Before I get into the middle of the stolen watermelon story, I’dbetter explain that my wonderful grayish-brown-haired motherhad been having what is called “insomnia” that summer, so Pophad arranged for her to sleep upstairs in our guest bedroom—thatbeing the farthest away from the night noises of our farm,especially the ones that came from the direction of the barn. Momsimply had to have her rest or she wouldn’t be able to keep ondoing all the things a farm mother has to do every day all summer.
That guest room was also the farthest away from the tentunder the plum tree—which Poetry and I decided maybe was anotherreason why Pop had put Mom upstairs.
Just one other thing I have to explain quick, is that the reasonPoetry was staying at my house for a week was on account of hisparents were on a vacation in Canada, and had left Poetry with us.He and I were going to have a vacation at the same time by sleepingin his tent which we pitched in our yard—as I’ve already toldyou, under the spreading branches of the plum tree.
Well, here goes, headfirst into our adventure! It was a very hotlate-summer night, the time of year when the cicadas were as mucha part of a Sugar Creek night as sunshine is part of the day. Cicadas,as you probably know, are broad-headed, protruding-eyedinsects which some people call locusts and others “harvest flies.” Inthe late summer evenings, they set the whole country half crazywith their whirring sounds from the trees where thousands ofthem are like an orchestra with that many members, each memberplaying nothing but a drum.
I was lying on my hot cot just across the tent from Poetry in9his own hot cot, each of us having tried about seven times to go tosleep, which Pop had ordered us to do about seventy-times-seventimes that very night, barking out his orders from the back dooror from the living room window.
Poetry, being in a mischievous mood, was right in the middleof quoting one of his favorite poems, “The Village Blacksmith,”quoting aloud to an imaginary audience out in the barnyard,when Pop called to us again to keep still. His voice came bellowingout through the drumming of the cicadas, saying, “Bill Collins, ifyou boys don’t stop talking and laughing and go to sleep, I’m comingout there and put you to sleep!”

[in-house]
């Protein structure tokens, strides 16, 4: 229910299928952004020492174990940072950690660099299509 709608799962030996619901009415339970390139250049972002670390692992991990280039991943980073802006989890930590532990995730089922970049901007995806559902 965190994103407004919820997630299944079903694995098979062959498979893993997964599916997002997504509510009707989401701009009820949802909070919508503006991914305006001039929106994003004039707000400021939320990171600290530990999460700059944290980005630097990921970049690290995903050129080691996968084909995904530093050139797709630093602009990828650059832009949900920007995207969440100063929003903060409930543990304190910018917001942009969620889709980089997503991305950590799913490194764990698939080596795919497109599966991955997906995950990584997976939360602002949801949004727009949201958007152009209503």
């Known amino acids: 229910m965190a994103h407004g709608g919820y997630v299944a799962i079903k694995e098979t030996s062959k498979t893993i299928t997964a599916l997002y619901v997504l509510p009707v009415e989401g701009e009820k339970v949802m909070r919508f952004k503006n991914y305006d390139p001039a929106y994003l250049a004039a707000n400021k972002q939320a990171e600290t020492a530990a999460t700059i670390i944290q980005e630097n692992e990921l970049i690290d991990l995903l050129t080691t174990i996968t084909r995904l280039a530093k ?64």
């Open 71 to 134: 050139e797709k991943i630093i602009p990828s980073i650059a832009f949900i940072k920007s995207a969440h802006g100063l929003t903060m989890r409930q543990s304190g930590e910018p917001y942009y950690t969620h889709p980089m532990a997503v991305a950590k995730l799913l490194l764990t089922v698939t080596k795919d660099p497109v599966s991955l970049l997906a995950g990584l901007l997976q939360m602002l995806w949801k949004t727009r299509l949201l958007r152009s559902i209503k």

A few seconds later, Pop added in a still-thundery voice, “I’vetold you boys for the last time! You’re keeping Charlotte Anneawake—and you’re liable to wake up your mother, too!” WhenPop says anything like that, like that, I know he really means it,especially when he has already said it that many times.
I knew it was no time of night for my two-year-old cute littlebrown-haired sister, Charlotte Ann, to be awake, and certainly mynice friendly-faced, grayish-brown-haired mother would need a lotof extra sleep, ’cause tomorrow was Saturday and there would bethe house to clean, pies and cookies to bake for Sunday, and a millionchores a farm woman has to do on Saturday, every Saturdaythere is.
“Wonderful!” Poetry whispered across to me. “He won’t tell usany more; he’s told us for the last time. We can laugh and talknow as much as we want to!”
“You don’t know Pop,” I said. “When he says he has said anythingfor the last time he means he won’t say it again with justwords—he’ll use a switch or his old razor strap.”
You see, Poetry didn’t know as well as I did what an expertPop was in the way he could handle a switch—beech, willow, cherryor any kind that happened to be handy—and he could handle arazor strap better than any father a boy ever felt.
Poetry ignored my warning and tried to be funny by saying,“Does your father still use an old-fashioned razor that has to bestropped?”
10I tried to think of something funny myself which was, “He stillhas an old-fashioned boy that has to be—when that boy is too dullto understand.” But maybe what I said wasn’t very humorous,’cause Poetry ignored it.
“I’m thirsty,” he said. “Let’s go get a drink,” his voice comingacross the darkness like the voice of a duck with laryngitis.
Right away there was a squeaking of the springs of his cotas he rolled himself into a sitting position. He swung his feet outof bed, set them with a ker-plop on the canvas floor of the tent.I could see him sitting